The researchers also discovered that the attacks by the military, police, and right-wing militias resulted in 1,091 victims, of which the military was responsible for 162, the police were responsible for 289, and the right-wing militias were responsible for 640 deaths. Compared to the 2003 report of 1,051 victims (180 by military, 232 by police, 639 by right-wing groups), the number caused by the military reduced while those attributed to police attacks slightly increased.

So far, 14,442 victims of Jeju 4·3 have been classified based mainly on their legal domiciles. Through the complete enumeration survey, the new report reclassified the victims depending on their actual residential addresses during Jeju 4·3. When using the victims’ legal domiciles, errors may occur in assessing damage because the damaged regions and the victims’ residences differ in several cases.

As a result of the new investigation, the number of victims by village has been adjusted. Nohyeong, the village with the highest number of victims, experienced a slight decrease from 544 to 538 victims, while the number of victims in Bukchon and Gasi Villages increased from 419 to 446 and 407 to 421, respectively. The new report also renewed the Map of Jeju 4·3 Victims by Village, which is based on the victims’ legal domiciles, to reflect the residential information.

If the first report published in 2003 at the national level is a general report on the truth of Jeju 4·3, the newly released additional document would be considered an itemized report. The latest report is significant in that it attempts an in-depth research of the truth of Jeju 4·3 by investigating the damages more specifically. Assuming that the national report is the bones, the additional report could be viewed as adding flesh to those bones.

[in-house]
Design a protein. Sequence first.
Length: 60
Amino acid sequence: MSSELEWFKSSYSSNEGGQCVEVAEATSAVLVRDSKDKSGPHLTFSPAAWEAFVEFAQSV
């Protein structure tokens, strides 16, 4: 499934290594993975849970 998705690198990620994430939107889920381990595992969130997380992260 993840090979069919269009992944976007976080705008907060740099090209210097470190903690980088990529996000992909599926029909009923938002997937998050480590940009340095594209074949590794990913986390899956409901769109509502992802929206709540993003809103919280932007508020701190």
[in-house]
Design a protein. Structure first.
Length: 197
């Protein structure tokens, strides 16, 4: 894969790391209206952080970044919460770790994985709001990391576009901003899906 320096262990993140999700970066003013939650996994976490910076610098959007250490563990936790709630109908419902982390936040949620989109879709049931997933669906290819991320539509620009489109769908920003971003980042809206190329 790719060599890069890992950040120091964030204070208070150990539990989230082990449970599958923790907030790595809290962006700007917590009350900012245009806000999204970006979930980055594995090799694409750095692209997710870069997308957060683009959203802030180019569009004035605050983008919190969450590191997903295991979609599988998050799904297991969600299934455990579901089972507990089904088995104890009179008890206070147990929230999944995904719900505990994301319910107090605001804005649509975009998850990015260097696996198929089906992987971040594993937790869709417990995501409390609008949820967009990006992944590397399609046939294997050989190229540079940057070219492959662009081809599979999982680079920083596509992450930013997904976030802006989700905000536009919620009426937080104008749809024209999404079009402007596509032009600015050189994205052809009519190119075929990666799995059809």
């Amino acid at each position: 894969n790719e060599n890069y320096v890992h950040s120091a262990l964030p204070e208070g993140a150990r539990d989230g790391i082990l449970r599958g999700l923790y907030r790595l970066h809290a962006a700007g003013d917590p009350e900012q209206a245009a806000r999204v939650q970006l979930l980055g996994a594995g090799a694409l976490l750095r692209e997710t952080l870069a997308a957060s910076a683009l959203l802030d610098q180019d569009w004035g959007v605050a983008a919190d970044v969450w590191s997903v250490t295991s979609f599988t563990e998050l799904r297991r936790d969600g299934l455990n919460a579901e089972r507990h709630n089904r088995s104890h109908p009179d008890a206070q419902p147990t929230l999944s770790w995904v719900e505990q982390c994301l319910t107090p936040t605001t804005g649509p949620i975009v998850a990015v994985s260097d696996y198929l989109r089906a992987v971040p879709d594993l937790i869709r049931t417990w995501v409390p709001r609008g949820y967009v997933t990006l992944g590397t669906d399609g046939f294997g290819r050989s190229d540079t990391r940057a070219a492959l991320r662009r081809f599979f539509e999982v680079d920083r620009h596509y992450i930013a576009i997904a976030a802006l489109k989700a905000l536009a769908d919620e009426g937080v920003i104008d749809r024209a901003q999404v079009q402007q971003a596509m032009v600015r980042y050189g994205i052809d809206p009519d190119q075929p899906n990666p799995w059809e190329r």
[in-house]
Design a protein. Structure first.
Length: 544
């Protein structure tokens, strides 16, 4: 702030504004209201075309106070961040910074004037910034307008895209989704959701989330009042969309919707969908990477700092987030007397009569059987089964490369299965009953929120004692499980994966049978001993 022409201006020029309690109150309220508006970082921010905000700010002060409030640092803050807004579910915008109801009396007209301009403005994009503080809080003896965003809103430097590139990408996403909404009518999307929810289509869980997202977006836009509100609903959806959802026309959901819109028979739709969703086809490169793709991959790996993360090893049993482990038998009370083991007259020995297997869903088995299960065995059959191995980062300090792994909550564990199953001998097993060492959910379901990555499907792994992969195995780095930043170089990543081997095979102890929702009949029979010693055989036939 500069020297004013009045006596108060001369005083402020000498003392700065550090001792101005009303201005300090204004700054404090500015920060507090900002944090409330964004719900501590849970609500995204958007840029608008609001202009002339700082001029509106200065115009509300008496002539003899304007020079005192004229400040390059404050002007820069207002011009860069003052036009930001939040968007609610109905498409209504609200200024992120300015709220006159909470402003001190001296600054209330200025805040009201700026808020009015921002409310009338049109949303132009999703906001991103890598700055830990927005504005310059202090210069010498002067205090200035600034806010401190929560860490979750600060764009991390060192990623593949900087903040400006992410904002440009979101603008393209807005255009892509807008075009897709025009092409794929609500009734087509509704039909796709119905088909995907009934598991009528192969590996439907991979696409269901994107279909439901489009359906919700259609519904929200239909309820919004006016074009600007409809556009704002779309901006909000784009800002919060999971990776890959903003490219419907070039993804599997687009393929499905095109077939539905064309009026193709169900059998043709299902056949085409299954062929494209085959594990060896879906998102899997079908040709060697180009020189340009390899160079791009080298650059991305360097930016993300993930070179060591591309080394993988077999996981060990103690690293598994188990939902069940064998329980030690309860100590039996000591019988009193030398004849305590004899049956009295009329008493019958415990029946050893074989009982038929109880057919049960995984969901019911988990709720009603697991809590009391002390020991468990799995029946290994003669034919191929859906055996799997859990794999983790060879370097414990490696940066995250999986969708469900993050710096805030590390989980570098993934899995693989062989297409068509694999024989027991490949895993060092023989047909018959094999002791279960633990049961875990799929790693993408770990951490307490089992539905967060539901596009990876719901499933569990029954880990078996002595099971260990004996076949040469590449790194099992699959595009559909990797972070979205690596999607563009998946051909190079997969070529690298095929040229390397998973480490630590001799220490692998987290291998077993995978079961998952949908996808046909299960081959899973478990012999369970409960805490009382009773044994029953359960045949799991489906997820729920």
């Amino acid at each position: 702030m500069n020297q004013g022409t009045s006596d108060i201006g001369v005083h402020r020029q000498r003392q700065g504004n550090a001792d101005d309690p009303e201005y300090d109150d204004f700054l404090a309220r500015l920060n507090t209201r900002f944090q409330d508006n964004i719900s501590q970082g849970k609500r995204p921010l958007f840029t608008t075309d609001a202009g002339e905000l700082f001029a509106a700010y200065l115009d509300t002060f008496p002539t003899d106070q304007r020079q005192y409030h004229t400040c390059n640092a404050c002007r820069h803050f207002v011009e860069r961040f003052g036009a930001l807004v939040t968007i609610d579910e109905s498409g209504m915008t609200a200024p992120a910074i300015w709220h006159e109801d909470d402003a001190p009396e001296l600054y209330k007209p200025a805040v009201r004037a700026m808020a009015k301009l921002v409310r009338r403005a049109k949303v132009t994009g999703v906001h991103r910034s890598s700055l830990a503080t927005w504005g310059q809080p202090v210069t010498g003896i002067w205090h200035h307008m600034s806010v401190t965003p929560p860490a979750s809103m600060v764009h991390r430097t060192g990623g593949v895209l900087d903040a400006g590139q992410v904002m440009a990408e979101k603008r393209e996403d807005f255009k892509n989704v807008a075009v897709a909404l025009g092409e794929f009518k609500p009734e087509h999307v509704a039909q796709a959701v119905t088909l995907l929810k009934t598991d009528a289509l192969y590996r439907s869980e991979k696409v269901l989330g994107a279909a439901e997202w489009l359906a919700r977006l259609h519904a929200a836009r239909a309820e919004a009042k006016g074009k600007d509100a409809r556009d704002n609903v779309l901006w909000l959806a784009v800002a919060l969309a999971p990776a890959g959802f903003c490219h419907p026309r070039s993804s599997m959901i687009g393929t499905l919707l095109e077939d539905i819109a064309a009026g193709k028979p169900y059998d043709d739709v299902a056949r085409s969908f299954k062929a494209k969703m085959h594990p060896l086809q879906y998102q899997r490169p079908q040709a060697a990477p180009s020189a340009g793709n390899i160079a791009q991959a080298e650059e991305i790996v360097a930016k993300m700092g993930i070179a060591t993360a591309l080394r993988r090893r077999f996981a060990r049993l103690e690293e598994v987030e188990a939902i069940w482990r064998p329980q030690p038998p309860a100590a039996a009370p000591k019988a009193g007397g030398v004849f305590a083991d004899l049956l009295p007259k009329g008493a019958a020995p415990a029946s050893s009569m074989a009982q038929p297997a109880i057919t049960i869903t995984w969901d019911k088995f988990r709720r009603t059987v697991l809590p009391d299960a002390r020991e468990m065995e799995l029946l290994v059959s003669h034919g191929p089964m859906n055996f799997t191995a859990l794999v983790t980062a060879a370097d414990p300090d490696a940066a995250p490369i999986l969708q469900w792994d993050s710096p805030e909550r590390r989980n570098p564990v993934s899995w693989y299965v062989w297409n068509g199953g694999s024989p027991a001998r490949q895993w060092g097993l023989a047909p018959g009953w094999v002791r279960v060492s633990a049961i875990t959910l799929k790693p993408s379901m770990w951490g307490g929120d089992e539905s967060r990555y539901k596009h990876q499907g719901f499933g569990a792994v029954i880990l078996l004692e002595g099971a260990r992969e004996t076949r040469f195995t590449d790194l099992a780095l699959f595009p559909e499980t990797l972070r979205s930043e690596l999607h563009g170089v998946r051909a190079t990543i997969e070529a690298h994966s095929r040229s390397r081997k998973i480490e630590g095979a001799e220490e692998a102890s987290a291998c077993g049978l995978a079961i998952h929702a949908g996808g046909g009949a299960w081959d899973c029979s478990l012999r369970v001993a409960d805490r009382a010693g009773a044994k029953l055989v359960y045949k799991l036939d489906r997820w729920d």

After taking the responsibility of conducting additional investigation under the Jeju 4·3 special act, the Jeju 4·3 Peace Foundation constituted the Additional Investigation Group (led by Park Chan-shik), which launched in 2012 to research the damage of Jeju 4·3 by village and sector until 2016. In October 2018, the Investigation and Research Lab opened within the foundation. The investigation group formed the Additional Investigation Report Writing Team (led by Yang Jeong-shim) and complemented the existing investigation to finally publish “Jeju 4·3 Additional Investigation Report Vol. 1.” Before its release, the report was reviewed by Seo Joong-seok (Professor Emeritus of Sungkyunkwan University), a scholar specializing in Korean modern history.

The latest report does not address the role or responsibility of the United States in Jeju 4·3, the victims who were imprisoned in the central and Yeongnam regions on the Korean mainland, or the damage caused to overseas Koreans or religious groups. The Jeju 4·3 Peace Foundation plans to release the second and the third volumes of the new report on these issues following additional investigation.

Meanwhile, former Prime Minister Lee Nak-yon wrote in his words of encouragement that the Jeju 4·3 Peace Memorial Hall has a gravestone without an epitaph, which expresses the will to inscribe it with the true name of Jeju 4·3 and erect it one day. Lee said that it is his belief that the recent publication of the additional report will be an important step toward filling the stone with its proper name.

Jeju Governor Won Heeryong also stated in his words of encouragement that the additional report will help clarify the truth of Jeju 4·3 and straighten the island’s history. Finally, he expressed high hopes that the report will contribute greatly to restoring the honor to the victims and their bereaved families.